Purchase Probability Modeling: Lead Classification System for a Cloud-Based Product
An international, high-tech software company wanted to boost sales of its business-to-business hosted software service. A logistic regression model was developed that predicted the likelihood that a prospect would consider subscribing to the hosted service. The model was incorporated into an interactive scoring tool that allowed the sales force to enter prospect responses for each of the model predictors and forecast the likelihood of prospects to accept an offer of service. After the model was validated by the client company, the model was implemented across its sales force.
In the midst of a struggling world economy, an international, high-tech software company wanted to boost sales of its business-to-business hosted software service. The company’s sales force had some success in selling the service. But opinion was divided on which factors were most important when targeting potential customers. The sales force wanted to pin down the ideal customer profile so that they did not waste valuable resources (time and money) pursuing bad sales leads.
The purpose of the research was to understand the factors (business, technology and infrastructure-related) influencing adoption of the hosted service among small and medium-sized businesses in the U.S. and Germany. Specifically the goals were to:
- Build a sales-lead classification model to identify predictive factors/criteria.
- Develop an interactive tool that would allow the sales force to quickly determine a potential customer’s likelihood to purchase.
Marketing Research Design and Methods
An online survey was fielded in the U.S. and Germany among information technology decision-makers in small and medium companies. Both current users and nonusers of a hosted service were interviewed. Variables likely to be useful as predictors were included in the survey, including number of employees, years in business, industry segment, revenue, and attitudinal elements.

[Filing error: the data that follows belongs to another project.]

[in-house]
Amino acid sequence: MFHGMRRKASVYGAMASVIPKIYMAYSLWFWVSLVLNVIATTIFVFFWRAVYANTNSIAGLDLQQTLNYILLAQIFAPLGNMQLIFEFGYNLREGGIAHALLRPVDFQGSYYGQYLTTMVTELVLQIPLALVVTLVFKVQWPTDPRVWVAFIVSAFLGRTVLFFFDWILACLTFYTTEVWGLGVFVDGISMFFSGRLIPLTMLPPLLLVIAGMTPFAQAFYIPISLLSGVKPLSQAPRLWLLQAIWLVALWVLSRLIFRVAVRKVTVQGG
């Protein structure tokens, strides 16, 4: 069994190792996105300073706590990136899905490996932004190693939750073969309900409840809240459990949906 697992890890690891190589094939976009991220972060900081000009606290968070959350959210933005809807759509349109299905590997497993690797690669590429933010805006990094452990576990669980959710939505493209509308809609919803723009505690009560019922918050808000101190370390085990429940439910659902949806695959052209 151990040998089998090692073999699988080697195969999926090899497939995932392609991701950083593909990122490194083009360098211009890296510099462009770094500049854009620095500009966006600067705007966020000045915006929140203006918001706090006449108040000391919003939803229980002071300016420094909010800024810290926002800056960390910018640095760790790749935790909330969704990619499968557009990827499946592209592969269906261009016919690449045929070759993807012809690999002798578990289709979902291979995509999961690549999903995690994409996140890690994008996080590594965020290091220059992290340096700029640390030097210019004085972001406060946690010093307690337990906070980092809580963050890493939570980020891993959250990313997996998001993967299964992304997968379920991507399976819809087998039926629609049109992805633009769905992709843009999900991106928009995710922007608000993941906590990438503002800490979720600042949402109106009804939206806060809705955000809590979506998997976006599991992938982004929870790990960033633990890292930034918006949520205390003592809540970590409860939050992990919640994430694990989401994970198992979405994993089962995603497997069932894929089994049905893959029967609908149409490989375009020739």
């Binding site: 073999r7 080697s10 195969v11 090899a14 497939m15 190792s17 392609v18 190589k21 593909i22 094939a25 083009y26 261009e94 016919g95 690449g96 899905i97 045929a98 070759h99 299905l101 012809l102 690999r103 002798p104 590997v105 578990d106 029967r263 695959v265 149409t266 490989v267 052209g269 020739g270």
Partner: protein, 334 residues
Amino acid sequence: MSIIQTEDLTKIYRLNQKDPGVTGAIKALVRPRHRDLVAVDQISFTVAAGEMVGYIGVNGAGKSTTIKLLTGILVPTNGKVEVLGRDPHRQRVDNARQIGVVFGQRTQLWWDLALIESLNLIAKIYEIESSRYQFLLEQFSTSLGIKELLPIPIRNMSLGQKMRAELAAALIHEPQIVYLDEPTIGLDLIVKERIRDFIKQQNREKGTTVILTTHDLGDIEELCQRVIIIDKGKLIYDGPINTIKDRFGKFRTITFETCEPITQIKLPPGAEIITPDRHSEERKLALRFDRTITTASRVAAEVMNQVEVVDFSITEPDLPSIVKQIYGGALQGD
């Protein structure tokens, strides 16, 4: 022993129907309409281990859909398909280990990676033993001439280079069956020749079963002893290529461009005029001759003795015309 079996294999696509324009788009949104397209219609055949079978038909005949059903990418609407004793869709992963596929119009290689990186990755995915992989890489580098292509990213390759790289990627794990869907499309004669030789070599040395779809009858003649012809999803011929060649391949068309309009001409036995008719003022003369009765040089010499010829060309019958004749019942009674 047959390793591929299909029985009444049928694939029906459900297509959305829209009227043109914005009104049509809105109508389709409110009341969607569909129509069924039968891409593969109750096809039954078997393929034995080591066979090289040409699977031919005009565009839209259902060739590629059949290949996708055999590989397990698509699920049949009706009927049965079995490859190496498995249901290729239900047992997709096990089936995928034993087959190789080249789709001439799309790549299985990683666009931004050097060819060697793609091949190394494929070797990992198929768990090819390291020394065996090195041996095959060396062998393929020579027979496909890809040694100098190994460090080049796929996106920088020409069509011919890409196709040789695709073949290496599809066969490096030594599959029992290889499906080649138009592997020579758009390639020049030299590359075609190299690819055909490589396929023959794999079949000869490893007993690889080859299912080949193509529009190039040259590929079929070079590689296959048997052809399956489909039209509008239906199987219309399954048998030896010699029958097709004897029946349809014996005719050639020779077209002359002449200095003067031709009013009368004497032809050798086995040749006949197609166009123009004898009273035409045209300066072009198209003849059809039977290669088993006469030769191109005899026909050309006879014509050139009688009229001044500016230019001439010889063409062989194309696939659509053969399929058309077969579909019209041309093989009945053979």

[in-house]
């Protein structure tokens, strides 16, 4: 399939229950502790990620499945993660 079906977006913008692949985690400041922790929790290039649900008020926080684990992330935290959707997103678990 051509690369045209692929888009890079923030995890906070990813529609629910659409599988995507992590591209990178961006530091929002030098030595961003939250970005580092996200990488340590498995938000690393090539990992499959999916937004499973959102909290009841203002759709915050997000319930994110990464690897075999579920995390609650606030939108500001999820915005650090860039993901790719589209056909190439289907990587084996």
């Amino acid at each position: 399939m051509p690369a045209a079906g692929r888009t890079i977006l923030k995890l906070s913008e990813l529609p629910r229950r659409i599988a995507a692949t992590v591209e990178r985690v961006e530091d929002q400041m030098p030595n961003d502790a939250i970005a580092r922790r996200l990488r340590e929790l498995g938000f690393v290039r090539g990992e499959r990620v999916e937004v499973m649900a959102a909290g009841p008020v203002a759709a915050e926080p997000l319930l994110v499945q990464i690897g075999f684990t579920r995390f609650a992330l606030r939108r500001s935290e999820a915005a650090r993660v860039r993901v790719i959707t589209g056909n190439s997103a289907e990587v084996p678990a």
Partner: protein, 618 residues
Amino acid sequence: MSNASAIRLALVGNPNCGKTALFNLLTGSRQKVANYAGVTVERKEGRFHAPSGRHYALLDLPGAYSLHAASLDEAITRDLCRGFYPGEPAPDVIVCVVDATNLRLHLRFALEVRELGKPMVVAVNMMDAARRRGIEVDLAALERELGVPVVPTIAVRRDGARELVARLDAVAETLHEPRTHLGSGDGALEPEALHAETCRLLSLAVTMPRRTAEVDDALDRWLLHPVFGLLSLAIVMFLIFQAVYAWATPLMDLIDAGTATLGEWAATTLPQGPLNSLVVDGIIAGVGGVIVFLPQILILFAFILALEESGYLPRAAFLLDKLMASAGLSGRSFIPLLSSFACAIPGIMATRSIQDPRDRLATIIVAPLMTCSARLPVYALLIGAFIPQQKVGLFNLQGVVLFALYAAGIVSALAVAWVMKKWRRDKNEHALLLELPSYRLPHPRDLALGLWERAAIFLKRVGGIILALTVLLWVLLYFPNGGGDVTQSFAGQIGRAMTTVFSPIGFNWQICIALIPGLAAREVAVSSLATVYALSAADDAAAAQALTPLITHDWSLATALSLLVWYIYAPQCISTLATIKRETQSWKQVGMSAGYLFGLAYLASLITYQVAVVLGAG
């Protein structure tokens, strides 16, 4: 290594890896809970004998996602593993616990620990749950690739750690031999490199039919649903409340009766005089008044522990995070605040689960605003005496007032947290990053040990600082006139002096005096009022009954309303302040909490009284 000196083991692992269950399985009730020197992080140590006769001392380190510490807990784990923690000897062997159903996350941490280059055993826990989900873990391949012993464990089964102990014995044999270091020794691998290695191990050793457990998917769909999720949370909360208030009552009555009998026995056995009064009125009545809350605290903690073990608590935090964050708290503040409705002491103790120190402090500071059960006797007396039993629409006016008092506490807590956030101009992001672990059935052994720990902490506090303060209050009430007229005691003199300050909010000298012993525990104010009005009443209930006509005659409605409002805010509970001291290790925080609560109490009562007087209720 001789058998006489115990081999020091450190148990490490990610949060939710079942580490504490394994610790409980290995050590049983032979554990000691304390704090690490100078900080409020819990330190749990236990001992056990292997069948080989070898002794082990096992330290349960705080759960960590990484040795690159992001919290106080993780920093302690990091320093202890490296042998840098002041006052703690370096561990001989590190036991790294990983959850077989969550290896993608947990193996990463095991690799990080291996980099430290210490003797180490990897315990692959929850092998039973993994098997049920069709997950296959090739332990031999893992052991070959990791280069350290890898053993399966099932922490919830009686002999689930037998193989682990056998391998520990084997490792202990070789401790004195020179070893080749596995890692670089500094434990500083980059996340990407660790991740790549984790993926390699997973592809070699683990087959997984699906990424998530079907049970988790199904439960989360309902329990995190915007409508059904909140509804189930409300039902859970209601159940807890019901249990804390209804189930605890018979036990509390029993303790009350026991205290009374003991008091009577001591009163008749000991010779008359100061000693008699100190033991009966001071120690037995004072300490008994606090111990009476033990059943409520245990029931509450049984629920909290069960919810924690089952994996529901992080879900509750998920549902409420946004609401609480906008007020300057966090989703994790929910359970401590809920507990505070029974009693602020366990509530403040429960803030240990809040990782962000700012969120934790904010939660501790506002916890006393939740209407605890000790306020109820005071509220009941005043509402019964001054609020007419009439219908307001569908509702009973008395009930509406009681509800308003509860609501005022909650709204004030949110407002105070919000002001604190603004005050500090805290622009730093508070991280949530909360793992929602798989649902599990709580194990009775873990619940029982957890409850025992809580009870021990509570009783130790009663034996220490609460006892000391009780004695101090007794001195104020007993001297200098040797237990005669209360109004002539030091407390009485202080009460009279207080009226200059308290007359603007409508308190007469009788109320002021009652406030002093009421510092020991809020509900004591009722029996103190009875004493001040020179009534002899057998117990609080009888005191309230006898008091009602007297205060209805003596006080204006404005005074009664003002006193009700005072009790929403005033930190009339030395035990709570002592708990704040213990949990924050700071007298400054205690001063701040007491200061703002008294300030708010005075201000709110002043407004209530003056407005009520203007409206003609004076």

Logistic regression, accompanied by more sophisticated (bootstrapping) modeling techniques, was employed to obtain a stable and effective model. The goal of the modeling process was to identify the predictors (i.e., the variables) that differentiated likely service subscribers from those unlikely to subscribe. The dependent variable was the probability of responding positively to an offer to subscribe. Once it was determined that the final predictor variables were stable across training samples, an additional bootstrapping technique was used to settle on optimum coefficient values for the predictors. The output of the modeling exercise was an equation that yielded the probability of positive response to an offer to subscribe to the hosted service.
An interactive scoring tool was developed that allowed the client’s sales force to enter responses for each of the model predictor questions and forecast the likelihood that the prospect would accept an offer of service. The client company subsequently validated the model in a preliminary fashion by surveying a sample of current customers (of other products) and correlating their model-predicted likelihood to subscribe to their actual stated likelihood to subscribe. The resulting correlation was strong enough to warrant implementation of the predictive model across the sales force.
The client subsequently commissioned research to build a predictive model for another country.
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